Putting down my beloved Siamese cat

There is nothing harder in life than saying goodbye to a loved one. This evening, I had to make the hardest choice of my life. This evening, I had to put my beloved Siamese cat to sleep. A year and a half and one day ago, my father passed away. Tonight, Spaz goes to join him, together again. They were inseparable while Dad was alive. It seems only fitting that they are now reunited.

It is particularly hard to accept this, especially coming after yesterday’s high, remembering the first anniversary of the CBC 50th Anniversary Train. To come from a high to a low in such a period certainly does not help one’s happiness quotia. That’s probably why I’ve had too much to drink for one night, in a vain attempt to kill the pain.

Spaz was born in either 1989 or 1991, depending on who you ask. I believe it is the former, but her medical records suggest the latter. She was a gift from my Aunt Ruth to my grandmother, who named her Yum-Yum, after one of the characters in Gilbert & Sullivan’s “Mikado”. My grandmother wasn’t one for names, though, and soon was calling her “Puss”, as she had every other cat. I was the only one who called her “Spaz”, referring to her spastic behaviour as a kitten.

Over the years, Spaz became an absolutely personable cat. She would immediately warm up to whomever was in the room, usually beelining for the person most allergic to her. She rarely bit anyone, and if she did it was because they weren’t giving her enough seafood. After Grandma moved into a retirement apartment, Dad took in Spaz, where they became fast friends. Spaz saw much of North America travelling with my parents. When Dad died last year, I took Spaz into my home, as Mom has never really been a huge fan of pets. Spaz and I enjoyed over a year together, sleeping in the same bed, often under the same covers.

(I should note that when I spoke with Mom earlier this evening, she was almost as upset as I was. Mom might have not been a big fan of pets, but Spaz was such a great cat that she grew on everyone around her.)

Over the last two months, I saw a change in Spaz, though I wasn’t fully willing to accept it. Mom was the one to finally bring it to light when she was out visiting. Spaz was underweight. She was not as responsive as in her glory. I think I refused to believe that perhaps the end was in sight.

Yesterday, as Tamara and I returned from a matinee, I found Spaz coughing in a way I’d never seen her before, and spitting up material I’d never seen. Fearing the worst, I immediately took her to the Calgary North Animal Hospital (on a recommendation from Scott and Tara, whose cats have visited probably more times than they care to wish). Spaz was immediately admitted and almost immediately transferred to an oxygen tent. Blue at admitting, she was soon able to breathe.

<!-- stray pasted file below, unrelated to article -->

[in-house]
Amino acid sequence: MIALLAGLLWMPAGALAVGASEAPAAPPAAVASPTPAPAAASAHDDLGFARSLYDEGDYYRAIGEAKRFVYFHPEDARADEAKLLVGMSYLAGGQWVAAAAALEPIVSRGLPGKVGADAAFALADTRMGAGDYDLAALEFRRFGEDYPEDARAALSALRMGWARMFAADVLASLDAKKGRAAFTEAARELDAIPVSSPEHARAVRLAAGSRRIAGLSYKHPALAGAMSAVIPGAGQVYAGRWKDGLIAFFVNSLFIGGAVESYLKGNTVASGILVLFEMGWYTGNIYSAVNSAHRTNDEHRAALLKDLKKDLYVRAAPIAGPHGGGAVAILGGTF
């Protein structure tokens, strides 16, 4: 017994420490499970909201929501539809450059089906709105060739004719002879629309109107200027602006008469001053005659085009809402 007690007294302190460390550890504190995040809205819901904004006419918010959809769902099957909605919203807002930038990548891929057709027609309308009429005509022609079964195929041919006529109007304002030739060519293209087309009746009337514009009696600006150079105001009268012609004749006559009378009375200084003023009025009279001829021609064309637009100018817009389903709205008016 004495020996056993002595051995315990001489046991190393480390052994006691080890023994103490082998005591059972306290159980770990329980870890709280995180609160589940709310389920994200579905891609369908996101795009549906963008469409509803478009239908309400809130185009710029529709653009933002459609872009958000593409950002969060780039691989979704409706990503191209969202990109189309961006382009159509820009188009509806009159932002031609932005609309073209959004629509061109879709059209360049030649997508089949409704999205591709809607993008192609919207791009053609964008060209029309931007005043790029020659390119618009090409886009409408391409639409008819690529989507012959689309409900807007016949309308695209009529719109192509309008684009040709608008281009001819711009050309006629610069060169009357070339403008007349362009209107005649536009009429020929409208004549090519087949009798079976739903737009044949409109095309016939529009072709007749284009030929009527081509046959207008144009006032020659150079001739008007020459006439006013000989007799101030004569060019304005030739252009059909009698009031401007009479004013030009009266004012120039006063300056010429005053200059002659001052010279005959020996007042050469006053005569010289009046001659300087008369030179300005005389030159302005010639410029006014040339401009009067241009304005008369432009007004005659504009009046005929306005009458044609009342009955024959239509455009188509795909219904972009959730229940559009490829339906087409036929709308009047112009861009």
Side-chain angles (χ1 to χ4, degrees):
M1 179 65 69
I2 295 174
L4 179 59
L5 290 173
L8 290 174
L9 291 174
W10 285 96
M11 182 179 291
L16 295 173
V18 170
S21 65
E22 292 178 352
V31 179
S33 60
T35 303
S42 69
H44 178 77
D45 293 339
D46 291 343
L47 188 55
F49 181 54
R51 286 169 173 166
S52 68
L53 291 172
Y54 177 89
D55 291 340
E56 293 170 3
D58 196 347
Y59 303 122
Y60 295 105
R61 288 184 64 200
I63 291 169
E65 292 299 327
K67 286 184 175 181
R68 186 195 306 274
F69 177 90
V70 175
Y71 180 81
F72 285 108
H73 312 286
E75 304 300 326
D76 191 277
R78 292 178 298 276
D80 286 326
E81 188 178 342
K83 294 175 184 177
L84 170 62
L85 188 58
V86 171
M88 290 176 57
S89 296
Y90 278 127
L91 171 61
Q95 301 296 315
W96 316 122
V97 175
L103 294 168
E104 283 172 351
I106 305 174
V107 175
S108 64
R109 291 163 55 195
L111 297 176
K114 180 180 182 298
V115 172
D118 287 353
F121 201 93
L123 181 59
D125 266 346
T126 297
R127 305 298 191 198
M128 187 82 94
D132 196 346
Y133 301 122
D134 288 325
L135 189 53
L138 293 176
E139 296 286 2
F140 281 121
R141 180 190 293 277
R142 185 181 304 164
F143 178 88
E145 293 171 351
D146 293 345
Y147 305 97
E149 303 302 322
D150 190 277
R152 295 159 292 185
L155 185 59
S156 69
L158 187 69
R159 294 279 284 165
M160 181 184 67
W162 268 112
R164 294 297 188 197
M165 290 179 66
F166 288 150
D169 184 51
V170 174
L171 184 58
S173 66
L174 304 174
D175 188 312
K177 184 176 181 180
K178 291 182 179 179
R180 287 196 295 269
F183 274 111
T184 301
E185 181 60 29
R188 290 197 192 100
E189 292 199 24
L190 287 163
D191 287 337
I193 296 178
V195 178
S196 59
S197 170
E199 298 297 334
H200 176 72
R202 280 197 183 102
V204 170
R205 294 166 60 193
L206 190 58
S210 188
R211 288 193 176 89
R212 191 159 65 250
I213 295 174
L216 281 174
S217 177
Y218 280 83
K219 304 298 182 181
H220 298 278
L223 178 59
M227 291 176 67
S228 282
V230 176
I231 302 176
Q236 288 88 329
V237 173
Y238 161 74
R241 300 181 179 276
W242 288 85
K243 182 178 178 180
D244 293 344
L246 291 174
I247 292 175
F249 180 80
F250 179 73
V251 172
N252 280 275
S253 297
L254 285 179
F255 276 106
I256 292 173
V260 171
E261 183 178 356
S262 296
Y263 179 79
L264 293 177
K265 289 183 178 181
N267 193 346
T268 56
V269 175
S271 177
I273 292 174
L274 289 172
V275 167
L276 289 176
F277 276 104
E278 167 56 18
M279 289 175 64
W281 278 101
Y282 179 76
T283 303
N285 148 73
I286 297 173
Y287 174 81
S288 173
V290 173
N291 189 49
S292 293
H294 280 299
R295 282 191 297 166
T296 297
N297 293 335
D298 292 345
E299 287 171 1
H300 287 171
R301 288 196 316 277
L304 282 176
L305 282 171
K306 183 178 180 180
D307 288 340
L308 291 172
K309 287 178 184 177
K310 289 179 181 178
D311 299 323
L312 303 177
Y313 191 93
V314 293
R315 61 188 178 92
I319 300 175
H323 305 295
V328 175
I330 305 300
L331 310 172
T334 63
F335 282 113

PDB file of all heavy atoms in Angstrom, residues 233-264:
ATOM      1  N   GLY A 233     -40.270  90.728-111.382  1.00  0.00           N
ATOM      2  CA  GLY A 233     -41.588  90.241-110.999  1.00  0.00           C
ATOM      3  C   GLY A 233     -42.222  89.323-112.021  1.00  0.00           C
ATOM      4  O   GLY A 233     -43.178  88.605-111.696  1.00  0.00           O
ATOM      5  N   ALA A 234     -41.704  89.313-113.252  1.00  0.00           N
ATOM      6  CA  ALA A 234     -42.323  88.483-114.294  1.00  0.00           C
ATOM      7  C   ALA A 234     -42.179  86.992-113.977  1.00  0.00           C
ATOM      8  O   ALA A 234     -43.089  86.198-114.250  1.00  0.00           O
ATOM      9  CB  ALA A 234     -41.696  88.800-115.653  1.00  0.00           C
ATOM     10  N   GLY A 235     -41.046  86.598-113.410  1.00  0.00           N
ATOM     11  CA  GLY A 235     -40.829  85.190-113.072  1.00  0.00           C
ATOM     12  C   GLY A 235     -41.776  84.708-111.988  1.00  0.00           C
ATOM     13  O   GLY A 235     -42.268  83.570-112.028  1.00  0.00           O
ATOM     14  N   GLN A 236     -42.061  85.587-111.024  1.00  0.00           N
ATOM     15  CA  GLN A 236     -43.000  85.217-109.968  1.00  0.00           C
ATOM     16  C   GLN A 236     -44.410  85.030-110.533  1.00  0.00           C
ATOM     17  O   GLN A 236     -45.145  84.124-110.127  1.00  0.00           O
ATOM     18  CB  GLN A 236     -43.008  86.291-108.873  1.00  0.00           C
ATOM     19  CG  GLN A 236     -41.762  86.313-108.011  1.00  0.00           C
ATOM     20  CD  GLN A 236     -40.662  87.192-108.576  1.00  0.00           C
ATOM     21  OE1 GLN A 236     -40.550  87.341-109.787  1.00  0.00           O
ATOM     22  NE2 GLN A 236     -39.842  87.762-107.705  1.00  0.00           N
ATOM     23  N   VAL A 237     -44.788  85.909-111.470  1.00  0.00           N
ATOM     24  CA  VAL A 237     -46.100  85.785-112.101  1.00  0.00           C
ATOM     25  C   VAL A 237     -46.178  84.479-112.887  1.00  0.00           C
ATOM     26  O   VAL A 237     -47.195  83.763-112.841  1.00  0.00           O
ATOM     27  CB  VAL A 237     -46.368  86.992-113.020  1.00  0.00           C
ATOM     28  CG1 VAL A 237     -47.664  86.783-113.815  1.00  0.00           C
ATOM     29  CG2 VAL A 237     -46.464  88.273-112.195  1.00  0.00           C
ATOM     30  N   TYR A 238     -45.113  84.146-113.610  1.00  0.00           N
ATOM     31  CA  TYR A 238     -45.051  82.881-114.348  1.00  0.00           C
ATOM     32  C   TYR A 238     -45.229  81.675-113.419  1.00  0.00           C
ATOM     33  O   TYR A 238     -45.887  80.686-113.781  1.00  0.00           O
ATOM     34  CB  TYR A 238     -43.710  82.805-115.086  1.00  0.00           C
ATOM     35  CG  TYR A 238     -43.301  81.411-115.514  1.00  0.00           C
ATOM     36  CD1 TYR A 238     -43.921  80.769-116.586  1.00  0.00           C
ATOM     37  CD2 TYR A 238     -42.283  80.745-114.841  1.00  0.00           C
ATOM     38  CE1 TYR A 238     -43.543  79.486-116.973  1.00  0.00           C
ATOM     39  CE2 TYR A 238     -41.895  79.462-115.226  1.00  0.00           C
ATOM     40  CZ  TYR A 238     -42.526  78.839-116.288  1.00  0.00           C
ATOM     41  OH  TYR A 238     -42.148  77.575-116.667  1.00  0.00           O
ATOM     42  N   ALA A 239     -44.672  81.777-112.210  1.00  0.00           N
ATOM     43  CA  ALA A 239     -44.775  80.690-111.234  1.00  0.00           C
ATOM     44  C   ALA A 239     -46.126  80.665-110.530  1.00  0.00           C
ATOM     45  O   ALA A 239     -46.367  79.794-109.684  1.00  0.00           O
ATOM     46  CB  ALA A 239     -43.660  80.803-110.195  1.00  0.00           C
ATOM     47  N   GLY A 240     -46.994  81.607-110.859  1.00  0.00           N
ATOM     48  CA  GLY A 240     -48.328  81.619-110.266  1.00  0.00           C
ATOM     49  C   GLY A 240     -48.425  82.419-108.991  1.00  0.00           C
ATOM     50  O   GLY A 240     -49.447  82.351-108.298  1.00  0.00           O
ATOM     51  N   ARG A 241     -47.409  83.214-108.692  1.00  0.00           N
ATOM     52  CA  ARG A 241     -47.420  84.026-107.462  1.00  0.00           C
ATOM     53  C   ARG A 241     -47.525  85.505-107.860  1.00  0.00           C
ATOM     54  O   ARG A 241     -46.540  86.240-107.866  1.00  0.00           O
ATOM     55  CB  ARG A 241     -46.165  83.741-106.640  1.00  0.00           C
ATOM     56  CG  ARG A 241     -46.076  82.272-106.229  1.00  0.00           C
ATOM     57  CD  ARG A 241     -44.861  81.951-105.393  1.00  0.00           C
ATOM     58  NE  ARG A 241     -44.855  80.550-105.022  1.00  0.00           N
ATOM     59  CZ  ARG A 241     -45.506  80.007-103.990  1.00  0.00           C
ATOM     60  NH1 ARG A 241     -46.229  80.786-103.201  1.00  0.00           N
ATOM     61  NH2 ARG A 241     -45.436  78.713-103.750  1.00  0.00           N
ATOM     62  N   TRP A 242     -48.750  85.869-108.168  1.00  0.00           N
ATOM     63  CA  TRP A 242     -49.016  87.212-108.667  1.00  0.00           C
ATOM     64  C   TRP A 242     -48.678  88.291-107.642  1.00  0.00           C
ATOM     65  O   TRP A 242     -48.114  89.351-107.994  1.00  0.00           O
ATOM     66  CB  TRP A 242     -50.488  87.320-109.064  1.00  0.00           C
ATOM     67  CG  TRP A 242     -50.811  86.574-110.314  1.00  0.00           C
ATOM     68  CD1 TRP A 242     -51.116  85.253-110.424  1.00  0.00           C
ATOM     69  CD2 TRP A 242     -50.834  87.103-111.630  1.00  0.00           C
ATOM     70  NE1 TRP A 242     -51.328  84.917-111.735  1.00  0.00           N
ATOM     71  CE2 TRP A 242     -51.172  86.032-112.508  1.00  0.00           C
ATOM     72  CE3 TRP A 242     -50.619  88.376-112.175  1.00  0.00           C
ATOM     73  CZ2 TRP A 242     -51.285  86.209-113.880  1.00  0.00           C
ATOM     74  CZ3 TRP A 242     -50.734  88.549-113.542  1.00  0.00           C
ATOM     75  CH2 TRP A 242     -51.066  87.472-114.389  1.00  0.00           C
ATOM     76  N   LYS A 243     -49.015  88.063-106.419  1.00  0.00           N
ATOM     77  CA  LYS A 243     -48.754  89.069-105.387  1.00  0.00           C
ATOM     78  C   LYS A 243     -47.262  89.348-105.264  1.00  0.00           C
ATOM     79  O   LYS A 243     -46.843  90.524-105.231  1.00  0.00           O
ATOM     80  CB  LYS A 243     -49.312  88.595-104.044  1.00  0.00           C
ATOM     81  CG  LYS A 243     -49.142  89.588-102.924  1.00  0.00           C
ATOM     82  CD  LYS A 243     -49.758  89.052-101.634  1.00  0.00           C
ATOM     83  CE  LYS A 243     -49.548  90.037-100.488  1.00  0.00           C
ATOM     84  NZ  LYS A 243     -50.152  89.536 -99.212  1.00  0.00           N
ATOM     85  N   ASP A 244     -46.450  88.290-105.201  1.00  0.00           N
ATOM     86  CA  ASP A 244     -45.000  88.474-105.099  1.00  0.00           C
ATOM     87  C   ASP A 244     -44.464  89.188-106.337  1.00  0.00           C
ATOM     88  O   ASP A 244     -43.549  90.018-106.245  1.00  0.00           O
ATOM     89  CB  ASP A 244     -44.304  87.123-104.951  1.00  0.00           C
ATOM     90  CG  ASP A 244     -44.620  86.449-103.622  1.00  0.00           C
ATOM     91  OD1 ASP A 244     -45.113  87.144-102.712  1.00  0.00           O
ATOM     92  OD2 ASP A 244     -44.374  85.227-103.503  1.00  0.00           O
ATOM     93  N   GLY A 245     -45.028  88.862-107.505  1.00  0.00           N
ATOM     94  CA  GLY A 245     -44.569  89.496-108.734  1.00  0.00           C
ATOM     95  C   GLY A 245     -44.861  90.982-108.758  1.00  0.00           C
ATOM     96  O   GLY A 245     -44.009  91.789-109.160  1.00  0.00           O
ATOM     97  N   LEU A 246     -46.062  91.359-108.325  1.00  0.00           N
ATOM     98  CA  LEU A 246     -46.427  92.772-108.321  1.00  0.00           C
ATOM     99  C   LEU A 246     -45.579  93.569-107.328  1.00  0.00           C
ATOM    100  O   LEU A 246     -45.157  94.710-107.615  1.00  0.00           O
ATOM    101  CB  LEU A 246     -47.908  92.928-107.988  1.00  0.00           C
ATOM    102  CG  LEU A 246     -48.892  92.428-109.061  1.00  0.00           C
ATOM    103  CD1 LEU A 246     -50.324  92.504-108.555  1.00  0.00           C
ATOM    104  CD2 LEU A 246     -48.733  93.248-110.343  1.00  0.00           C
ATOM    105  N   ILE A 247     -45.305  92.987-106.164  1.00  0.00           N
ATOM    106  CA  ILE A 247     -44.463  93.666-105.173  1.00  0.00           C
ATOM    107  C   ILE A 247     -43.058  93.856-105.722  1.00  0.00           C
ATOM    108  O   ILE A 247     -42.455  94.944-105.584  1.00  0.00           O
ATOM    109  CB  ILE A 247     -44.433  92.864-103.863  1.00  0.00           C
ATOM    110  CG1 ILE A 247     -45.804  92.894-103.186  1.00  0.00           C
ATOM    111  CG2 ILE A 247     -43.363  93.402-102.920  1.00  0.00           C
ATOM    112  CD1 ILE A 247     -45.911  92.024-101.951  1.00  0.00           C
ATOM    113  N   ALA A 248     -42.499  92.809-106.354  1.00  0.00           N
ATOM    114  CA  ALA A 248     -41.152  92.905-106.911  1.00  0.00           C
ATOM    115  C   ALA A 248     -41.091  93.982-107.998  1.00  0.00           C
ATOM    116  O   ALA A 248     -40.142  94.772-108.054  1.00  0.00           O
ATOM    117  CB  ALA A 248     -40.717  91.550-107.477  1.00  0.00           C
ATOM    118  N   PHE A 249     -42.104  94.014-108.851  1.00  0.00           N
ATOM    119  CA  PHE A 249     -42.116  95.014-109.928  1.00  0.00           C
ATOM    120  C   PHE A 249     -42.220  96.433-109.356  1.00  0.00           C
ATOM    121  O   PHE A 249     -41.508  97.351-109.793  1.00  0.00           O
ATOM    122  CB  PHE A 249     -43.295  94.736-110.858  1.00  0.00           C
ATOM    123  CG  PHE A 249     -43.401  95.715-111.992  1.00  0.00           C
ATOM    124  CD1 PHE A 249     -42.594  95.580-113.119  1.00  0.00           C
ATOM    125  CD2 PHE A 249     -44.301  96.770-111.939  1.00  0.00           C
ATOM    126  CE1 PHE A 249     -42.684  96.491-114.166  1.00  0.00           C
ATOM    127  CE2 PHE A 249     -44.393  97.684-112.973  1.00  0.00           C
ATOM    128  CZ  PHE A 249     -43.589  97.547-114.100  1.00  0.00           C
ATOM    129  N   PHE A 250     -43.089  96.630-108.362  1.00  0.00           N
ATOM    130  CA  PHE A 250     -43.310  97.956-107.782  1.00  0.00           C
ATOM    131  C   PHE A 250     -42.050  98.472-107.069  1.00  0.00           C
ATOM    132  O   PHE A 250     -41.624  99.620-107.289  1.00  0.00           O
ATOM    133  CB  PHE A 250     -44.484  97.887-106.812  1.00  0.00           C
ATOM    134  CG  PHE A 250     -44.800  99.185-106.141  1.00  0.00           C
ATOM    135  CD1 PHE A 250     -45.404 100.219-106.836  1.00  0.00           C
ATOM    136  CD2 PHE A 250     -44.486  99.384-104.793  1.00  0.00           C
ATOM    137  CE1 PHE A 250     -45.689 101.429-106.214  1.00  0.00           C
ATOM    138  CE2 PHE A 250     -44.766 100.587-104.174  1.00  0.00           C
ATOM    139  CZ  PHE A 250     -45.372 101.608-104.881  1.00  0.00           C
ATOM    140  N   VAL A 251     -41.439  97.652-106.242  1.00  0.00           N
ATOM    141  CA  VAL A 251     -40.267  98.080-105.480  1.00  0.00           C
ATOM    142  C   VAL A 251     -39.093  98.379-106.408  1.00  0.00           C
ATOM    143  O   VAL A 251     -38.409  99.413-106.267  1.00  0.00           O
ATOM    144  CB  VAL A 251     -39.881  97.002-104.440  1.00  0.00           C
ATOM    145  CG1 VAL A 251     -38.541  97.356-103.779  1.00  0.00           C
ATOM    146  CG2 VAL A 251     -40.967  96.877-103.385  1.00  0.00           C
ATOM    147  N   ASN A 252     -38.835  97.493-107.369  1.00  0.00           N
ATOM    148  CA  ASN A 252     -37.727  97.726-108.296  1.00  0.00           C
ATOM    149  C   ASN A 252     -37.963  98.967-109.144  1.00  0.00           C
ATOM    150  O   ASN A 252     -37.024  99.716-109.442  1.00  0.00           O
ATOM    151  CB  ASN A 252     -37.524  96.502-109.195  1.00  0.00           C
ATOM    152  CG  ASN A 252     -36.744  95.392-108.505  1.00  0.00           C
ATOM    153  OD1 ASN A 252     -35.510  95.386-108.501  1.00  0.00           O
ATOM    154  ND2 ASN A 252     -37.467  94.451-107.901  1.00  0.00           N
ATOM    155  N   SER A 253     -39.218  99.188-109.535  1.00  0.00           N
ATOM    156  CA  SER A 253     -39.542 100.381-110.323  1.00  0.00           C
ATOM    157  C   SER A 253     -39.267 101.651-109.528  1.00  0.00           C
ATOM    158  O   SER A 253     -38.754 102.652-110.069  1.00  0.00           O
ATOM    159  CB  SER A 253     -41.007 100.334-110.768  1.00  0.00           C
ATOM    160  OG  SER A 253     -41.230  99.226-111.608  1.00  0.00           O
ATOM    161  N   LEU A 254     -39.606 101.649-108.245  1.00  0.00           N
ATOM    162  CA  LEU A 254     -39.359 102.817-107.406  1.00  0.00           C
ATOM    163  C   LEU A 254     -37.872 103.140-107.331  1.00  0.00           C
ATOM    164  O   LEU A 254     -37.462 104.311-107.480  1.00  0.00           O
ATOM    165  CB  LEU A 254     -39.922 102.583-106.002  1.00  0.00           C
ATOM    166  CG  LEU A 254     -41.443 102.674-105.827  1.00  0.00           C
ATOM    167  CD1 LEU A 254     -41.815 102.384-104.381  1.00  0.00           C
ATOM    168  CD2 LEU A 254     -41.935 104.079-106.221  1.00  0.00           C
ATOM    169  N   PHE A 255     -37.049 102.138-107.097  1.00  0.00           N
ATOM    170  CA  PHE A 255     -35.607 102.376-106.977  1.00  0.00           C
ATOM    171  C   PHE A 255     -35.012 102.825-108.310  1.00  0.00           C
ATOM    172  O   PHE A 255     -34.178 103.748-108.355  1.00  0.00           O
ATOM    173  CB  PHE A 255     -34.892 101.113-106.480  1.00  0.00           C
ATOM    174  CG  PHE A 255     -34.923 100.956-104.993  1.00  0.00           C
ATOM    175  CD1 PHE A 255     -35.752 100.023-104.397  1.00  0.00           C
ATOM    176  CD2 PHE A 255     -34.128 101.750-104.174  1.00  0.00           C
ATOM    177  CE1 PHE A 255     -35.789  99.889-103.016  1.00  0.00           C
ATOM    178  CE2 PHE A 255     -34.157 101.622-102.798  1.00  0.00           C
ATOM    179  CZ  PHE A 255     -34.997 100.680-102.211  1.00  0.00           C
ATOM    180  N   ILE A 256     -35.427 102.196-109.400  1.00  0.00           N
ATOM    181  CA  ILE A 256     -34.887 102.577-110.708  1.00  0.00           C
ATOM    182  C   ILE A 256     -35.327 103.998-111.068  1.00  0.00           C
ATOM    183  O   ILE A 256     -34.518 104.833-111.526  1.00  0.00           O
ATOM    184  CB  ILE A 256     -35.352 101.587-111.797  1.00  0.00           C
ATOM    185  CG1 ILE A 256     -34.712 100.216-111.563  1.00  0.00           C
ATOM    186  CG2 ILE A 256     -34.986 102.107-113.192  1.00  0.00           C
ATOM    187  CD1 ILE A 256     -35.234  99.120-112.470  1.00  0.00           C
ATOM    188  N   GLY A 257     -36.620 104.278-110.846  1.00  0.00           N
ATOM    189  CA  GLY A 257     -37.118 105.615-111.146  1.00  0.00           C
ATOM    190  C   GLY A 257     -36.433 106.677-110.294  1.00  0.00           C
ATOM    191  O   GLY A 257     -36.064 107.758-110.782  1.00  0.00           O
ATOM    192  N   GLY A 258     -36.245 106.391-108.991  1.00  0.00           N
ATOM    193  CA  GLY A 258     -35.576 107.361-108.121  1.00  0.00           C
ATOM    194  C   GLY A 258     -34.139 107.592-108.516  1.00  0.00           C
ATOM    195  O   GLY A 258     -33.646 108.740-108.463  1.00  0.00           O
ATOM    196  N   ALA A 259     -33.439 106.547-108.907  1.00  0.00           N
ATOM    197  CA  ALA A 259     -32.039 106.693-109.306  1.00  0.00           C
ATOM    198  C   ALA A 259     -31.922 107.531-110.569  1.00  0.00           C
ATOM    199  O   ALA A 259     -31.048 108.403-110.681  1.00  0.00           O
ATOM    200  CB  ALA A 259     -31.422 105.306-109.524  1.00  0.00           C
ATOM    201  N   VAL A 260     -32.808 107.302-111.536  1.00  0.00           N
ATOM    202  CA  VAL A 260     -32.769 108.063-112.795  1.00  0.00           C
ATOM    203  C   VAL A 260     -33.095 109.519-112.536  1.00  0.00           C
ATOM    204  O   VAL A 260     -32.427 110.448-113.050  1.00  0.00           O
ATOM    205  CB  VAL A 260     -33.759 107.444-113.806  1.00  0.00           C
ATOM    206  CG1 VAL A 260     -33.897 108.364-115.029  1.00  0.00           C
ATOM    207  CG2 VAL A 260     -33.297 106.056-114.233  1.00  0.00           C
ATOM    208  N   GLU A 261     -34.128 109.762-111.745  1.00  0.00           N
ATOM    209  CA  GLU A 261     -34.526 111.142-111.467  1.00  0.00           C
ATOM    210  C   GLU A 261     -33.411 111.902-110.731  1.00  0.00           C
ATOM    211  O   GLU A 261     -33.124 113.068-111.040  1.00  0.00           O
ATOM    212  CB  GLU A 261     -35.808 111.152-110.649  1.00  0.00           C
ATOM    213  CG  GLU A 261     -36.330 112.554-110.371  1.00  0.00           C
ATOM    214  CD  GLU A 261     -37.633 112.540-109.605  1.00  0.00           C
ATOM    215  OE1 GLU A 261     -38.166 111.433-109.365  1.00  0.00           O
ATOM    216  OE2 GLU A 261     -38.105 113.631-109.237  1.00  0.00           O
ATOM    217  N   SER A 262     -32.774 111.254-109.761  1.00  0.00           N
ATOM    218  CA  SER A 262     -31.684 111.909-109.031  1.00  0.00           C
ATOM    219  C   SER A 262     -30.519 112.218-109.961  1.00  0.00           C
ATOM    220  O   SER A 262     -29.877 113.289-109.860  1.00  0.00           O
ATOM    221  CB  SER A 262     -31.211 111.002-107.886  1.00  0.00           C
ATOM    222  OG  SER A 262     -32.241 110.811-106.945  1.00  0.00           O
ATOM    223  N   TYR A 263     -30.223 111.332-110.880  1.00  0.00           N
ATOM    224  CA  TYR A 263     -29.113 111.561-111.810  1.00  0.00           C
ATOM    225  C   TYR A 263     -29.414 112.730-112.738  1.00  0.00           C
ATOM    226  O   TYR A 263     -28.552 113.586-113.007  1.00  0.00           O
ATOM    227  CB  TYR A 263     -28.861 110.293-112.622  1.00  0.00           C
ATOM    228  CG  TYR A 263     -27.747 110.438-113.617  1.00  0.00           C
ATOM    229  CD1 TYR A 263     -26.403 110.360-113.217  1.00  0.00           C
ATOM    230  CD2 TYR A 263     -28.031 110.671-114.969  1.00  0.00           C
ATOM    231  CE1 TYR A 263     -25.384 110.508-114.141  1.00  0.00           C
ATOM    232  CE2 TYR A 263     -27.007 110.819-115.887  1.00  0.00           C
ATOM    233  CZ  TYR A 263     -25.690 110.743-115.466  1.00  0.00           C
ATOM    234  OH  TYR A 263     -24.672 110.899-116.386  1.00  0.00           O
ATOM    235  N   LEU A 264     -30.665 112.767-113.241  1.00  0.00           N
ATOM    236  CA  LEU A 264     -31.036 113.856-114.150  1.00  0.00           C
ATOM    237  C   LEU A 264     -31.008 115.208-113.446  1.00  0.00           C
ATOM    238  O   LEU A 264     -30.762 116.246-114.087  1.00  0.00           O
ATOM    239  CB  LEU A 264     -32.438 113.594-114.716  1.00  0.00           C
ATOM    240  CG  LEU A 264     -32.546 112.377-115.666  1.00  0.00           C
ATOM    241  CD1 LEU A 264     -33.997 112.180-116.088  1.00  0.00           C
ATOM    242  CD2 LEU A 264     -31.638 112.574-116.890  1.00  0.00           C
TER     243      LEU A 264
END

I waited in Exam Room 1 for the doctor, reading the poster for anatomy on ferrets. Outside, I could hear a boy, no more than five years old, crying desperately to his mother about never seeing his pet again. Inside, I felt like that five year old. Somehow, I knew that Spaz would never be coming home again.

Over the next 18 hours, Spaz was checked, prodded, poked, and tested. At about 16:45, I received a call from Dr. Henderson, who began to explain to me the seriousness of Spaz’s condition. Although she didn’t say it outright, I knew what she was telling me. Spaz’s life was at an end, and there was likely little veterinary science could do to save her. I had known Spaz for almost half my life, and while I wasn’t willing to let her go, I wasn’t willing to let her suffer for my own selfish needs.

I don’t know what exactly Spaz was suffering from, neither did Dr. Henderson. But suffering, she was. Blood tests were inconclusive, but Dr. Henderson was confident that the problems weren’t from asthma, which Spaz had dealt with for many years. This was far more serious. My conversation with the vet only seemed to conclude that tests would only show what would ultimately kill Spaz, not what could cure her.

It was raining when Tamara and I drove up to the hospital. Spaz was in an incubator — the kind used for premature babies. She was warm, as I’d always hoped she’d be at the end. But she was unresponsive. She seemed to only vaguely know that we were there. There was no purring. Although she was lying upright (not on her side), she didn’t really respond the way she had less than two days before.

We left the hospital, passing by the front clerk. She asked if we were sure that we didn’t want to be there with her. I barely choked out a “no, thanks” as we passed by. I nearly lost control twice on my way out the door. I couldn’t be there, although it broke my heart not to be with her at the end.

It helped having Tamara with me as we drove home. Without her, I would not have been able to focus on the road. I was numb. When Dad passed away, I was saddened, but knew that his end was coming. Spaz’s death I was not prepared for, though I knew that by bringing her to Alberta, I might have only extended her life by a year. I just wasn’t ready for it.

The best part about driving in the rain is that no-one can see you crying.

Farewell, dear Spaz. May you, Dad, and Grandma be reunited again.

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